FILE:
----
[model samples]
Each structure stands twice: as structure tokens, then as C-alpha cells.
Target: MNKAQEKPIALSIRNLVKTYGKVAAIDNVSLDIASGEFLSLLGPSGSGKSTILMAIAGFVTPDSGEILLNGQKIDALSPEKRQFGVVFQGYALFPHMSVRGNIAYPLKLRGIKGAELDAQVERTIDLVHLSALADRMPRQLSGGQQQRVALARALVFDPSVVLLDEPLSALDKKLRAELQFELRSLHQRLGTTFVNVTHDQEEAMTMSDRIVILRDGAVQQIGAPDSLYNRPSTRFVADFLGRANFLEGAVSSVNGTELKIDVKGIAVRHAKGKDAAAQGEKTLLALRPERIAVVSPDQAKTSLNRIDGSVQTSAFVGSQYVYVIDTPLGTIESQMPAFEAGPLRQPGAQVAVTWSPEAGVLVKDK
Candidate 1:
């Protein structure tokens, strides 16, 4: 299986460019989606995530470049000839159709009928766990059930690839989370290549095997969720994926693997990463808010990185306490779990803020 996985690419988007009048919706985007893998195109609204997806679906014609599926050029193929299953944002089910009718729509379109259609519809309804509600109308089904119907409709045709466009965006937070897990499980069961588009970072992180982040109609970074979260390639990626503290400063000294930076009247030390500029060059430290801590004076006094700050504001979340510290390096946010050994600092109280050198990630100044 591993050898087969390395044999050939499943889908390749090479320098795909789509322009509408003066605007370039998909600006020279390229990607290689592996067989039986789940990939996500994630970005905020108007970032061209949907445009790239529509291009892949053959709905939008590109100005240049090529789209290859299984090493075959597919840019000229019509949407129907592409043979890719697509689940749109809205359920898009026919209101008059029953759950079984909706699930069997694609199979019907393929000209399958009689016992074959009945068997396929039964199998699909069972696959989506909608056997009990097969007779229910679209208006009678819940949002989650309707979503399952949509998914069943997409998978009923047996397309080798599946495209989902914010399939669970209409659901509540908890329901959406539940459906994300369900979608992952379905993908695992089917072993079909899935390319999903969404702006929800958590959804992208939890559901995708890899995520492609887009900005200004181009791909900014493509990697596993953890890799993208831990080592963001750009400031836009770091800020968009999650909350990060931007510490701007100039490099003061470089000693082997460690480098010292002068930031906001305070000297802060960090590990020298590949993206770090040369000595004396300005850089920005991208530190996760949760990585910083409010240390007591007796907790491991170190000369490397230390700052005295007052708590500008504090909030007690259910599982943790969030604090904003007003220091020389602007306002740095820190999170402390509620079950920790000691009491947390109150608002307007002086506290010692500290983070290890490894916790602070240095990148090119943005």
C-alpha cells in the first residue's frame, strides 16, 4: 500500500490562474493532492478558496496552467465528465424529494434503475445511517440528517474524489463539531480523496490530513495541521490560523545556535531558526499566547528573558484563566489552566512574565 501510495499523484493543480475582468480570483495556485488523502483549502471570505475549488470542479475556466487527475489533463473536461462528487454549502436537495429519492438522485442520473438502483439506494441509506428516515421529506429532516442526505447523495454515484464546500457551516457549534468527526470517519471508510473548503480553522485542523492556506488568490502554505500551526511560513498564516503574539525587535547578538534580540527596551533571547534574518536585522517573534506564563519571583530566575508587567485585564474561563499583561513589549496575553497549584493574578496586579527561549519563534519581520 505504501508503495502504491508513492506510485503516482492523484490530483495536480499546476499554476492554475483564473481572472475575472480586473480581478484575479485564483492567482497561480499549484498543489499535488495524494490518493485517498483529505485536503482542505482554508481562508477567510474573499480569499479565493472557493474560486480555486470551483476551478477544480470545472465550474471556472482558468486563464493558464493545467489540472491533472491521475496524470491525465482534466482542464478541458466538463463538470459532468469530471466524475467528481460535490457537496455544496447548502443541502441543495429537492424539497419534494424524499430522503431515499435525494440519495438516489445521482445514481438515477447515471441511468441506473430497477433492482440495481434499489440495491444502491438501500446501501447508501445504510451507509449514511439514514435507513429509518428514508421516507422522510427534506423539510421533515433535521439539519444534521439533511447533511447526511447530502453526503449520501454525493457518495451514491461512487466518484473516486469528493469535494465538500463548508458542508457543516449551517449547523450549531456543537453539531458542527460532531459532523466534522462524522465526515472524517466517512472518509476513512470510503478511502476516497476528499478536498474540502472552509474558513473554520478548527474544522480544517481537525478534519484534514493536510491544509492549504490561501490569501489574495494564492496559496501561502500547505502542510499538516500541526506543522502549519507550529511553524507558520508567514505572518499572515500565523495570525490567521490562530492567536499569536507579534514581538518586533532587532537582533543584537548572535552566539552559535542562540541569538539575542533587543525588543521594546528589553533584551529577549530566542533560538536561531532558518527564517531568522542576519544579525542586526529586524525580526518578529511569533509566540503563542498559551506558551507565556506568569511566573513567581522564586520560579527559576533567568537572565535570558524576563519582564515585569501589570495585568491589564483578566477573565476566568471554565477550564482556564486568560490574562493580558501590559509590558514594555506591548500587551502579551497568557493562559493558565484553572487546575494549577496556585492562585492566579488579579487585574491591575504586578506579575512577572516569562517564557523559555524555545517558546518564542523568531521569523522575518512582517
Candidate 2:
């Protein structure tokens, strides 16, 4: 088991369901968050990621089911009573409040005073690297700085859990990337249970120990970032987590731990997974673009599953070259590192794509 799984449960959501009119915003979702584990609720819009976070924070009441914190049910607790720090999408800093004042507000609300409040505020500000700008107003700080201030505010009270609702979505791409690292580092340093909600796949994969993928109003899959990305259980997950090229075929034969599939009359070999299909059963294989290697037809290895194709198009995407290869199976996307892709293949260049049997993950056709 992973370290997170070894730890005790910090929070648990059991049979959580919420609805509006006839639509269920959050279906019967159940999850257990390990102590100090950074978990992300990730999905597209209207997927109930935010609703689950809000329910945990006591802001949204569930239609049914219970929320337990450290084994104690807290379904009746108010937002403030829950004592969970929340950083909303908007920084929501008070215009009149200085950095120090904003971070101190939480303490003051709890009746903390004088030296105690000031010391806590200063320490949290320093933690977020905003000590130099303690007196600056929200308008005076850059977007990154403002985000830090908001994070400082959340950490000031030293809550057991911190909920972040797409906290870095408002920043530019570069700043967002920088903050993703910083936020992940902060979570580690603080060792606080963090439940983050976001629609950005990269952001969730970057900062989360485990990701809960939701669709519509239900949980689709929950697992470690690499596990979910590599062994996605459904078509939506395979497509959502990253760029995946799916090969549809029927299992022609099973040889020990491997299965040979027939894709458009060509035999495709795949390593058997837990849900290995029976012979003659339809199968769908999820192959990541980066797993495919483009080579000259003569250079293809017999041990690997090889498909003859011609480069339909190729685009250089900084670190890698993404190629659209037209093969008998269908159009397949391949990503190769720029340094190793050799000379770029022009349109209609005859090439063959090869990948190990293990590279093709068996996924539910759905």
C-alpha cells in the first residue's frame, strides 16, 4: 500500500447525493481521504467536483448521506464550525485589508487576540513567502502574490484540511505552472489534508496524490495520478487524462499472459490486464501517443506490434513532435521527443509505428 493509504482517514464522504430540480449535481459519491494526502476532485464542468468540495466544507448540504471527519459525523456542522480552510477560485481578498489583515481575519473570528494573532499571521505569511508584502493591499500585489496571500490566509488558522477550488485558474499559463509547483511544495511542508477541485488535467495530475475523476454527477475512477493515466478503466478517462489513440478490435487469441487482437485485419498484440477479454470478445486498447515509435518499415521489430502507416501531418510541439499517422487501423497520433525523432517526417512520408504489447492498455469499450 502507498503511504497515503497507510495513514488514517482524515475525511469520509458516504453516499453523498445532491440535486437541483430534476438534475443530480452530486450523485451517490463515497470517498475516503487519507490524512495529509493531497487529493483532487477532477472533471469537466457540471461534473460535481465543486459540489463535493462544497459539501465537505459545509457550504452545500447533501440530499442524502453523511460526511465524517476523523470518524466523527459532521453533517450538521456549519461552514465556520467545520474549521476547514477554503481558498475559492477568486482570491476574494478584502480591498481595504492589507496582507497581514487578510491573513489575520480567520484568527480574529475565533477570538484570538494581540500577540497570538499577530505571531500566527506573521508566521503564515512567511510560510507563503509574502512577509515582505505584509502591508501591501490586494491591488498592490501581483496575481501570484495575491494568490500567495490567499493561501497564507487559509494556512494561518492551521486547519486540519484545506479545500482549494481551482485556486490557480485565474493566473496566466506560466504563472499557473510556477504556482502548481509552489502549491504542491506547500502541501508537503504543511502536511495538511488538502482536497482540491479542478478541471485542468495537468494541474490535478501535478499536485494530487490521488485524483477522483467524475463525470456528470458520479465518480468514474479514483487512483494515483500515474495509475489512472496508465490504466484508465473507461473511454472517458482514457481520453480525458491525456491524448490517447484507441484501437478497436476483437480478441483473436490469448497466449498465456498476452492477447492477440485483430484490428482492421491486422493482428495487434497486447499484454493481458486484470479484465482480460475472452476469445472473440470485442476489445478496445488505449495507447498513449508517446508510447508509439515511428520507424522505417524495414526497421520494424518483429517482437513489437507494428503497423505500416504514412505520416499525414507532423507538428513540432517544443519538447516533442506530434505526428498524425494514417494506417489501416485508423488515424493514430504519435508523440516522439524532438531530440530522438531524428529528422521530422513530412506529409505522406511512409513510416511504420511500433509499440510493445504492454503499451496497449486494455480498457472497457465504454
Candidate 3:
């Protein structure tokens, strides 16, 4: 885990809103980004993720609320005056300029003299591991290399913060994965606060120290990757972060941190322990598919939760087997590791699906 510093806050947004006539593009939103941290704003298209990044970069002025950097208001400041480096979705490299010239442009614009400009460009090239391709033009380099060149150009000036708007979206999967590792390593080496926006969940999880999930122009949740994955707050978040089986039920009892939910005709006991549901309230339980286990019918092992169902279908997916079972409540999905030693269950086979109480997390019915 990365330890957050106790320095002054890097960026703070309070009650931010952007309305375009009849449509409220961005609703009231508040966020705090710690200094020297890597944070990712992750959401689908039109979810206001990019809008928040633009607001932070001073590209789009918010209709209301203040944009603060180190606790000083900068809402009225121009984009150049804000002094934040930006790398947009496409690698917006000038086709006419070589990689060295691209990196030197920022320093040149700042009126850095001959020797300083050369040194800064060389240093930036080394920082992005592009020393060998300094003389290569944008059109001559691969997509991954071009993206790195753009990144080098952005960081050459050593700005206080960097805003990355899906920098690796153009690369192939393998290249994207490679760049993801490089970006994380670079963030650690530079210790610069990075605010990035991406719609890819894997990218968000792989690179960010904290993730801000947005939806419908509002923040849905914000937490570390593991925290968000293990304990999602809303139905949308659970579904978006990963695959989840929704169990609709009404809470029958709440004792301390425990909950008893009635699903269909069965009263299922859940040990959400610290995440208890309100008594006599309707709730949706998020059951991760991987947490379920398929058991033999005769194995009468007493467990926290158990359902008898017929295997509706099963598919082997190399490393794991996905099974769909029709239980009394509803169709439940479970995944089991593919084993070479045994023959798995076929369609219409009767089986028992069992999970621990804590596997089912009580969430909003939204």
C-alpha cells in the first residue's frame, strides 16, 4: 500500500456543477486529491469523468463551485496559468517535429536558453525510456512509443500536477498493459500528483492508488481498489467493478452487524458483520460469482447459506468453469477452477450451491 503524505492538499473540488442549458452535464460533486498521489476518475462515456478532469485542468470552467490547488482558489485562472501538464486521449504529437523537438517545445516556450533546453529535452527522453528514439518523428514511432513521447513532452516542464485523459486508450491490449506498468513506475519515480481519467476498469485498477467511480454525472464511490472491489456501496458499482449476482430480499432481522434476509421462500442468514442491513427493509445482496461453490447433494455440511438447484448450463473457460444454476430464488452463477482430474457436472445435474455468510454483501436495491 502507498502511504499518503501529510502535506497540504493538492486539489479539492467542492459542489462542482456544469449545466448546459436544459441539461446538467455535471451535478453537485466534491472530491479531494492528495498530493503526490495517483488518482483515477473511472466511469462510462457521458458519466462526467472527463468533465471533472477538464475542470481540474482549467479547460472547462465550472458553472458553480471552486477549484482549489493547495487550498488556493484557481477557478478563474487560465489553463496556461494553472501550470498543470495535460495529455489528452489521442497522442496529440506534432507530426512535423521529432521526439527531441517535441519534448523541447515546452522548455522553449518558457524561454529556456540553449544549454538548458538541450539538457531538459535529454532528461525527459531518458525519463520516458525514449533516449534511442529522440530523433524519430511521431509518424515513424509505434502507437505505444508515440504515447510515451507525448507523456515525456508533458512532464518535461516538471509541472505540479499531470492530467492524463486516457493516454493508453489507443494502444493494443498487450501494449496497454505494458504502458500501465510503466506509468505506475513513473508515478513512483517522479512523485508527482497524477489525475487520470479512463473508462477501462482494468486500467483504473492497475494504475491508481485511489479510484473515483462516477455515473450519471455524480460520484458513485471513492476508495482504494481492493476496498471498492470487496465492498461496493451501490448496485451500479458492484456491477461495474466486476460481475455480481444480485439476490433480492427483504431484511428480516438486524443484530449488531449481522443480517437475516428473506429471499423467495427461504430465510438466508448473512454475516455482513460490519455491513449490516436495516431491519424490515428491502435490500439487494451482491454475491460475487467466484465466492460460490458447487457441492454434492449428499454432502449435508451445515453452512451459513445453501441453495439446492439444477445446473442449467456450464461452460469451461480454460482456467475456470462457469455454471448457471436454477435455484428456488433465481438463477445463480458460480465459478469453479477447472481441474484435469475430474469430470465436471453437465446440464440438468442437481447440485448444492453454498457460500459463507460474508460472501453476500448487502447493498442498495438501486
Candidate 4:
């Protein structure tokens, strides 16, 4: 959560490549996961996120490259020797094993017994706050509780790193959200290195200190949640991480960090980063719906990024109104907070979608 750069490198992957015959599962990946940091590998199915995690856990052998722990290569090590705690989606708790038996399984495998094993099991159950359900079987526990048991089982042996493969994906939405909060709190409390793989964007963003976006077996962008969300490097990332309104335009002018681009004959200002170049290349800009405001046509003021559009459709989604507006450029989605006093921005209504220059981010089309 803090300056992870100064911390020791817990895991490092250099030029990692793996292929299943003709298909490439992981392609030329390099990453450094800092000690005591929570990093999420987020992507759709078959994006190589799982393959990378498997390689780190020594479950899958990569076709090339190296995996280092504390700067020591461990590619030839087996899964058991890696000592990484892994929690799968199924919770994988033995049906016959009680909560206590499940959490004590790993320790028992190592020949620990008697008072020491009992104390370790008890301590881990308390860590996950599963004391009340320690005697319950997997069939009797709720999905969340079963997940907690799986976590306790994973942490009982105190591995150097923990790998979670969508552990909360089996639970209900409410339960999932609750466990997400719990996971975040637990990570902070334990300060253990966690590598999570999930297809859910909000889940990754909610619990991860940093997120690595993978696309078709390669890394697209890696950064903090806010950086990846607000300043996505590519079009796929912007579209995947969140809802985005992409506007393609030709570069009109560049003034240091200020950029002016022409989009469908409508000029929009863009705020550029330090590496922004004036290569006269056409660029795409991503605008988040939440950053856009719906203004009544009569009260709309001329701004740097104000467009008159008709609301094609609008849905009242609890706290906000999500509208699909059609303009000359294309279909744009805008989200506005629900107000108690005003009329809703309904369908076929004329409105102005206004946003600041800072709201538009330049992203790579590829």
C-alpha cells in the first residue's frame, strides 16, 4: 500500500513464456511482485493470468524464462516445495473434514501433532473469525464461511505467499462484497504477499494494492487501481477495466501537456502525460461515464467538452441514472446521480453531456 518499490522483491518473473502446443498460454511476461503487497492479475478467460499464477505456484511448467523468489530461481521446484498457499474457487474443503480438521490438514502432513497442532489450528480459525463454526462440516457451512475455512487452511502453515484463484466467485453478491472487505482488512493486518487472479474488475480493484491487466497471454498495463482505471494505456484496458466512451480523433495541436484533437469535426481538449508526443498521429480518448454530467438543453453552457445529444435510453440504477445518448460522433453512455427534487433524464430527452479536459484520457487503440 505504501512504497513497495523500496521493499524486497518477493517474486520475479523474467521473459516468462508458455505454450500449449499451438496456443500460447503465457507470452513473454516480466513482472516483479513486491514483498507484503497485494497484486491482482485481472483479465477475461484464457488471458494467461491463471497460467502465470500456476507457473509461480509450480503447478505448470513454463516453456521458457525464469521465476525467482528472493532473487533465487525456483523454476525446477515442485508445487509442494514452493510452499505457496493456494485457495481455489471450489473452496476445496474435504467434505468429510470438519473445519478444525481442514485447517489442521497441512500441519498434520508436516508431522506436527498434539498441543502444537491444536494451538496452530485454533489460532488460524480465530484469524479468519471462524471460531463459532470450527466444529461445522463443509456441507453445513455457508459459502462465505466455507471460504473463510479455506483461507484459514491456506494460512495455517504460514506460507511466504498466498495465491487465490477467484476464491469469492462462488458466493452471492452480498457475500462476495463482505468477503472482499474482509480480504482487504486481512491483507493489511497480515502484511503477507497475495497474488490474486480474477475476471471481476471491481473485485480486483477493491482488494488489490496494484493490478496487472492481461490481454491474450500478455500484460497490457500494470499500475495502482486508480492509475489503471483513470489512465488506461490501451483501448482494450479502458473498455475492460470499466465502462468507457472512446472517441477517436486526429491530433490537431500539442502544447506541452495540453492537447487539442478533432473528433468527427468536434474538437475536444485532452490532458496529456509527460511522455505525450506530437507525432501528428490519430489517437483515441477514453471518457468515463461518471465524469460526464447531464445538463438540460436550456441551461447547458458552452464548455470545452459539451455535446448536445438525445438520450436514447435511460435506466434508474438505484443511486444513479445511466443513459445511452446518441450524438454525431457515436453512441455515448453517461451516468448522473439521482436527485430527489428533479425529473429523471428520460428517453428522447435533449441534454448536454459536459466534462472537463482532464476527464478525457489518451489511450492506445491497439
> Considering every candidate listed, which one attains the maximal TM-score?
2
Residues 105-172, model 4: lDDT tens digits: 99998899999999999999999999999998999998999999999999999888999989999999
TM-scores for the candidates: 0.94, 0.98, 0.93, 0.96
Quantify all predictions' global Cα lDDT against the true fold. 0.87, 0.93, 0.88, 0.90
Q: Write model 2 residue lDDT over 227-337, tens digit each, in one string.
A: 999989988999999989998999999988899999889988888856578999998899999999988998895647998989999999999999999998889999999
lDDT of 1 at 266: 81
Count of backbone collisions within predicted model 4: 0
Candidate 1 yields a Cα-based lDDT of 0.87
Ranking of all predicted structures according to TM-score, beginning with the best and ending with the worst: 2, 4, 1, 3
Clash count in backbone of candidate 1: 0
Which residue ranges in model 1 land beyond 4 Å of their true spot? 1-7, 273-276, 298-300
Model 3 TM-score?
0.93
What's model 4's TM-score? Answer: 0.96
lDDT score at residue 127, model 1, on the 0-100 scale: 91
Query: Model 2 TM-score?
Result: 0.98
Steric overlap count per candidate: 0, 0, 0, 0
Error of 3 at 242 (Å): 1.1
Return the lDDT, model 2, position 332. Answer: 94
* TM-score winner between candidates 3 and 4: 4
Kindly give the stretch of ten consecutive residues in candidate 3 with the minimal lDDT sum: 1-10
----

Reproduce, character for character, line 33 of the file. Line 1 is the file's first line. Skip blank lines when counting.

Query: Model 2 TM-score?